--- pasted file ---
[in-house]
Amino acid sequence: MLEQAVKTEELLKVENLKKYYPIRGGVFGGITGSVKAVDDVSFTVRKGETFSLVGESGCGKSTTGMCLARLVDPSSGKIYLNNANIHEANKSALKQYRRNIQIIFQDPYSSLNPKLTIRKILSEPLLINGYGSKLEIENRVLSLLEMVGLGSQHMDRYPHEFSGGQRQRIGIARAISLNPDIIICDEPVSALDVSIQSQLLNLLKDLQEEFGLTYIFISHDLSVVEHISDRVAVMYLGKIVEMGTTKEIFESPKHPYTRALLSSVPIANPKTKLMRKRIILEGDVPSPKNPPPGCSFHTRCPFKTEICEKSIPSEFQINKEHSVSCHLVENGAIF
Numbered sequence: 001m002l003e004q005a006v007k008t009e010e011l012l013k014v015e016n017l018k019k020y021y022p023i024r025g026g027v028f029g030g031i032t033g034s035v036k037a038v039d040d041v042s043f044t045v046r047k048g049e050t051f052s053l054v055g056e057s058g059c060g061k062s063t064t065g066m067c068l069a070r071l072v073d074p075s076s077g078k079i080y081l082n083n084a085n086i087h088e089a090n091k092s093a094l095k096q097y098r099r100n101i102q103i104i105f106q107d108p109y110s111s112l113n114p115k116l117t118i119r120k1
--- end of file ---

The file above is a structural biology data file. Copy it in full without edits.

[in-house]
Amino acid sequence: MLEQAVKTEELLKVENLKKYYPIRGGVFGGITGSVKAVDDVSFTVRKGETFSLVGESGCGKSTTGMCLARLVDPSSGKIYLNNANIHEANKSALKQYRRNIQIIFQDPYSSLNPKLTIRKILSEPLLINGYGSKLEIENRVLSLLEMVGLGSQHMDRYPHEFSGGQRQRIGIARAISLNPDIIICDEPVSALDVSIQSQLLNLLKDLQEEFGLTYIFISHDLSVVEHISDRVAVMYLGKIVEMGTTKEIFESPKHPYTRALLSSVPIANPKTKLMRKRIILEGDVPSPKNPPPGCSFHTRCPFKTEICEKSIPSEFQINKEHSVSCHLVENGAIF
Numbered sequence: 001m002l003e004q005a006v007k008t009e010e011l012l013k014v015e016n017l018k019k020y021y022p023i024r025g026g027v028f029g030g031i032t033g034s035v036k037a038v039d040d041v042s043f044t045v046r047k048g049e050t051f052s053l054v055g056e057s058g059c060g061k062s063t064t065g066m067c068l069a070r071l072v073d074p075s076s077g078k079i080y081l082n083n084a085n086i087h088e089a090n091k092s093a094l095k096q097y098r099r100n101i102q103i104i105f106q107d108p109y110s111s112l113n114p115k116l117t118i119r120k1